• Hazardous waste exposure: Hazardous materials (HAZMAT) workers require varying levels of protective equipment as designated by OSHA based on hazard level. Level A is the highest level of protection and requires a fully encapsulated chemical protective suit, in addition to a self-contained breathing apparatus, chemical resistant gloves and safety boots.

6. Hearing Protection

Hearing protection in the form of noise-reducing ear muffs and ear plugs are essential forms of industrial safety gear for the prevention of noise-induced hearing loss. About 50% of all manufacturing workers have been exposed to hazardous noise, resulting in roughly 20% of all manufacturing workers suffering from hearing difficulty.

7. Gloves and Hand Protection

Proper gloves and hand protection offer safety from a variety of industrial hazards, ranging from cuts and burns to electrical hazards and chemical exposure. Depending on the industrial role, different glove materials, thicknesses and lengths should be used to best meet the protective needs of the employee and health and safety compliance standards.

Common safety considerations for glove selection include

  • Hazard identification: Crucial to determining the best industrial safety products across the board, knowing what type of hazard you’ll be protecting against is crucial when selecting safety gloves. Common categories include chemical hazards, thermal or temperature hazards, electrical shock hazards, puncture and sharpness hazards and combination hazards. 
  • Thickness and material: These elements will likely follow hazard identification, as material considerations and glove thickness will be related to application and protection requirements, as well as dexterity needs.
  • Length: Glove sizes can range from covering the hand only to extending up the arm, with the latter variety being ideal for scenarios in which splash or immersion protection is necessary.

8. Proper Clothing

Choosing the proper clothing plays an important role in industrial safety measures, as modern technology has enabled the treatment of fabrics to achieve properties such as chemical, heat and flame resistance. Fabrics that protect from dust and particles are equally important for hazardous applications ranging from chemicals to radiation exposure to prevent inward leakage of toxic substances that present immediate and long-term harm to workers.

9. Work Safety Detectors and Monitors

In addition to the apparel elements vital for industrial work safety, oftentimes additional tools are necessary to fully ensure worker health and safety. Safety equipment devices and hazard monitors provide a necessary level of protection in addition to personal protective equipment (PPE) and proper attire for industrial workers.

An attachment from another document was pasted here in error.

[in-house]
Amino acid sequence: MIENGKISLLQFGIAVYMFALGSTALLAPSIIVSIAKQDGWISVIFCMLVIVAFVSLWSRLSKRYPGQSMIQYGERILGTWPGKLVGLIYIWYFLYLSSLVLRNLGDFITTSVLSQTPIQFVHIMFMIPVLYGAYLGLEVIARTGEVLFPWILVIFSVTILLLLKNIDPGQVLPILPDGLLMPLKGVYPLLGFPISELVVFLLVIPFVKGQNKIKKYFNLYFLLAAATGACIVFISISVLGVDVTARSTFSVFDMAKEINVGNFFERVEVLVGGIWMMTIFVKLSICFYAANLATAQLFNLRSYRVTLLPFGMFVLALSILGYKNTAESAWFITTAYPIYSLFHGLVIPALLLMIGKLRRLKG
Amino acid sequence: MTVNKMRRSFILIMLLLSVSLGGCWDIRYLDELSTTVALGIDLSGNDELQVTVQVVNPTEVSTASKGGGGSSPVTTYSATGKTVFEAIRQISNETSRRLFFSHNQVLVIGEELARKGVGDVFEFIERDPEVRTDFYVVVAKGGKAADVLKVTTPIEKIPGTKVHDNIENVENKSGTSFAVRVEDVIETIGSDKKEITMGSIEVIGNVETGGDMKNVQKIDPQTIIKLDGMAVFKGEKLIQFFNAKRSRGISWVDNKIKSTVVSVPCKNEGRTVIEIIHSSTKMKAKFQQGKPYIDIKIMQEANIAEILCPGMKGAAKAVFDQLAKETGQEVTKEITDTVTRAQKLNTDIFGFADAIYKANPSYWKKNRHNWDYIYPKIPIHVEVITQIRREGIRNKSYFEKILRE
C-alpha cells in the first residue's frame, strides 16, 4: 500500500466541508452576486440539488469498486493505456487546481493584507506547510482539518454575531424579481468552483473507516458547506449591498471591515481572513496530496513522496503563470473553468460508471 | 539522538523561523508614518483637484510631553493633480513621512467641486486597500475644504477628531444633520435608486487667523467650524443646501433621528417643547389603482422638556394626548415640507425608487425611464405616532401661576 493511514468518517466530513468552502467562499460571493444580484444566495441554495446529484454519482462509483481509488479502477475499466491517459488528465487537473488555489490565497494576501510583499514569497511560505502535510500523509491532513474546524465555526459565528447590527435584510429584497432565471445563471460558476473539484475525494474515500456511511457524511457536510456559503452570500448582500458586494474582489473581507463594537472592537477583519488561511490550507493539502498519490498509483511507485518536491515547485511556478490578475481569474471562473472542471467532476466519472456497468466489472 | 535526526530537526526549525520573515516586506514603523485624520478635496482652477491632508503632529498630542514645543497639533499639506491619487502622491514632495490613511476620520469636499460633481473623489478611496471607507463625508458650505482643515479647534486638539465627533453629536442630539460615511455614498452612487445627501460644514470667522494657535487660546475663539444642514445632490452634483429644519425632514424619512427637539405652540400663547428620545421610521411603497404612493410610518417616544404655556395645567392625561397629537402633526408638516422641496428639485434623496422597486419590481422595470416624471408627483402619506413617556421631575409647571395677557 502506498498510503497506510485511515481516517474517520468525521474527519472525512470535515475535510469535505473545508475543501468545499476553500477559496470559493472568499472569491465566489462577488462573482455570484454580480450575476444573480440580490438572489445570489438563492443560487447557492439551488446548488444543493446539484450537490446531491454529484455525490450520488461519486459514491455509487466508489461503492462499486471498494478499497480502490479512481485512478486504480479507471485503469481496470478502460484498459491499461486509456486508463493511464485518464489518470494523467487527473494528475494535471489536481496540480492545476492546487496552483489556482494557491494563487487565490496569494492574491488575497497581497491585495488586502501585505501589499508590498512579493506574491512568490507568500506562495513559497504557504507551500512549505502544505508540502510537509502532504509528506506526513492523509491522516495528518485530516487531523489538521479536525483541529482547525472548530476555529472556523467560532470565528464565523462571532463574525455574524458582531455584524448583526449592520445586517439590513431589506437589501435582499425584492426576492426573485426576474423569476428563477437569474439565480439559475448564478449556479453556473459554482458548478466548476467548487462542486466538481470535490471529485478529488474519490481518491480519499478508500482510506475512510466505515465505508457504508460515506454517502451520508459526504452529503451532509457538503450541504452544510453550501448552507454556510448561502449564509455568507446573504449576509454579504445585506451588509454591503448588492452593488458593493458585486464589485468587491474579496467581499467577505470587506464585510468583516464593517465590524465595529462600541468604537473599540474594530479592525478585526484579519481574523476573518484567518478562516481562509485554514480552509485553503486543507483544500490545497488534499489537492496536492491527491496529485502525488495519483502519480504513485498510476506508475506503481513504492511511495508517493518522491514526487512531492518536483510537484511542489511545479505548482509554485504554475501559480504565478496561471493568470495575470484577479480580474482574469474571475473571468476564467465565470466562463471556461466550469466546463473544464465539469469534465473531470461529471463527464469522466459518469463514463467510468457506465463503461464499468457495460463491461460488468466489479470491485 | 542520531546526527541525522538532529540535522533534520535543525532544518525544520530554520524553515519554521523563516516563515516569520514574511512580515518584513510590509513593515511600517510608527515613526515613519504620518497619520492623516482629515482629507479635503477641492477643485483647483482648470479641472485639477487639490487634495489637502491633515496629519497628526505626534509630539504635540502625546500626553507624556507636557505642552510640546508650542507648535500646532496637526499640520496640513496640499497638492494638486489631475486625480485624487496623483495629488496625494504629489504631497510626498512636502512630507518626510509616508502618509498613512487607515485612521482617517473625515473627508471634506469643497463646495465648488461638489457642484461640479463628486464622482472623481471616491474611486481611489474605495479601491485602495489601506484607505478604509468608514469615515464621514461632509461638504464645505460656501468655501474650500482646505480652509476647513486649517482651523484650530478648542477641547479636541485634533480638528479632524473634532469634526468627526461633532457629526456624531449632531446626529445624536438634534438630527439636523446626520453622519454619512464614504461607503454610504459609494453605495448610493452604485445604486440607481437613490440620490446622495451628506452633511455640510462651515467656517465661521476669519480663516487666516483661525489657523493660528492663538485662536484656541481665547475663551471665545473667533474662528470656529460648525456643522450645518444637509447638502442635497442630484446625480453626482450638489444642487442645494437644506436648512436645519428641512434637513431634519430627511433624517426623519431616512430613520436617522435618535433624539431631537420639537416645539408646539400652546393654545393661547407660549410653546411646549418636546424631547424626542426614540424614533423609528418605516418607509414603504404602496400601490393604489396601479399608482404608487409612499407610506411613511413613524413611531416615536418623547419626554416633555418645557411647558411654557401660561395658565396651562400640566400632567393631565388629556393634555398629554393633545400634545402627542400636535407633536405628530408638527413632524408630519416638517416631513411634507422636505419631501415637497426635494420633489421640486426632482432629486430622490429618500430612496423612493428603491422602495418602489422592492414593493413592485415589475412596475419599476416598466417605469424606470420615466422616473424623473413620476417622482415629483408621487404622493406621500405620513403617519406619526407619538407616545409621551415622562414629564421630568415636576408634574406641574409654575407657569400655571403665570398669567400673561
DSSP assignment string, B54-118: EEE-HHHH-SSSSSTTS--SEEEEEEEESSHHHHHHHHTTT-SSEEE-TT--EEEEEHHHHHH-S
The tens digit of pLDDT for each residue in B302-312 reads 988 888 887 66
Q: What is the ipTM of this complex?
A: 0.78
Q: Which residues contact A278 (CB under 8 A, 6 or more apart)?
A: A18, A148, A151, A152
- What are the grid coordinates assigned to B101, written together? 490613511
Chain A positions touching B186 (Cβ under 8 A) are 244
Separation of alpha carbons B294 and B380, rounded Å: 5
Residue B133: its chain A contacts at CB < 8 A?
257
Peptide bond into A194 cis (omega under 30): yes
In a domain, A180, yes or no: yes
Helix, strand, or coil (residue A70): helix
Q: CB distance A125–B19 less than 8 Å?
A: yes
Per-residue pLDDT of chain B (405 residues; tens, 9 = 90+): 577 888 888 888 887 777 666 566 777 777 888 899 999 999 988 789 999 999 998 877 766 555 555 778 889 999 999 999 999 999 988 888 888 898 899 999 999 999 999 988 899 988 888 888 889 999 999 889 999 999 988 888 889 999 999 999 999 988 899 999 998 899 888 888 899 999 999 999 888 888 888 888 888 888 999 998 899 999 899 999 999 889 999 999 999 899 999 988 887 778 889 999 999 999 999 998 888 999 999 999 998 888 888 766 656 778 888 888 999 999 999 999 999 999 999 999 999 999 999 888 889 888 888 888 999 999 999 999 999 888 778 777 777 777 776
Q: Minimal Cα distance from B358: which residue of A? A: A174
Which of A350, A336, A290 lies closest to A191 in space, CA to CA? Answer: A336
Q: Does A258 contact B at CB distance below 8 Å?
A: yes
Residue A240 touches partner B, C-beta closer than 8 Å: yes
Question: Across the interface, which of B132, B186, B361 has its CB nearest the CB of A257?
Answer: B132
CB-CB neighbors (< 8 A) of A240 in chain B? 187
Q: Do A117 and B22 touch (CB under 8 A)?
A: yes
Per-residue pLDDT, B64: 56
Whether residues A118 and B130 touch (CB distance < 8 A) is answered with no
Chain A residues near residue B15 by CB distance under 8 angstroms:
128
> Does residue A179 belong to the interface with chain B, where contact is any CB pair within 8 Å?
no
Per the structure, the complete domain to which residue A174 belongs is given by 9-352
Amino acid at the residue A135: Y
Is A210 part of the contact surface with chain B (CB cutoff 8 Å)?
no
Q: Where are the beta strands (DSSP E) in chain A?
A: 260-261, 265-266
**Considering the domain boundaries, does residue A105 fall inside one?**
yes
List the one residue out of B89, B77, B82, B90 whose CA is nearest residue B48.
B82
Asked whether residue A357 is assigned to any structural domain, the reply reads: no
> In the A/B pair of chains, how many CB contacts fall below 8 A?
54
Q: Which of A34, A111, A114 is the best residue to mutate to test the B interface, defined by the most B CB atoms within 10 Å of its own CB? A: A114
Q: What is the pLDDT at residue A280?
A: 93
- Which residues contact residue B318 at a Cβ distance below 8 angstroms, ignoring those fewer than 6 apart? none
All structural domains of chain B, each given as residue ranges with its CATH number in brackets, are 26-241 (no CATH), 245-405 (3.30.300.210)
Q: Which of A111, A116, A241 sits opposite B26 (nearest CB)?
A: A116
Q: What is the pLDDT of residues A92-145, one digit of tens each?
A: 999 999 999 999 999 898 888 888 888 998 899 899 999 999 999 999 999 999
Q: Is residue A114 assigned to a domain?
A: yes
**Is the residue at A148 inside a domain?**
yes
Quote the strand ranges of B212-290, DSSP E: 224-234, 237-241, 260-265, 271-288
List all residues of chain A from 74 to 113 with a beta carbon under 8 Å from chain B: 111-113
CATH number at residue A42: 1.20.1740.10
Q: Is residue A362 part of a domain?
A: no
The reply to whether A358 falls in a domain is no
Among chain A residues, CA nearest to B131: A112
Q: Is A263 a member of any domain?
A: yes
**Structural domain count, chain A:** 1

Some of these mechanisms include

  • Air quality monitors: Indoor air quality monitors come in a variety of styles, with portable, fixed and handheld options available, and function to provide readings of air quality based on present particulate matter and volatile organic compounds (VOCs) that present health concerns.
  • Gas and chemical detectors: Similar to air quality monitors, gas and chemical detectors come in a variety of configurations and functions to detect levels of toxic gases and chemicals harmful to employees.
  • Radiation detectors: Radiation detectors provide readings that show exposure and concentration of different types of radiation, commonly detecting alpha, beta, gamma and X-rays to alert users of harmful radiation levels.

10. Proper Tools for the Job

Using the proper tools is an equally important component of industrial safety, and should be acknowledged as a vital component of health and safety gear for industrial applications. Common examples include properly insulated tools to prevent the risk of electrical shock and properly maintaining the tools being used to their manual standards. 

Choose SUNLINE for Your Health and Safety Supply Needs

Choose SUNLINE for Your Health and Safety Supply Needs

Providing the proper protective equipment is essential for ensuring a safe working environment and maintaining regulatory compliance, which ultimately ensures healthy workers and minimal downtime due to workplace accidents. 

SUNLINE Supply offers wholesale industrial safety products for your business to keep your operation running smoothly. View our product offerings by industry or browse our general inventory of health and safety gear. If you need something specific for your industry or have any questions about which products best suit your situation and budget, contact our team using our contact form today!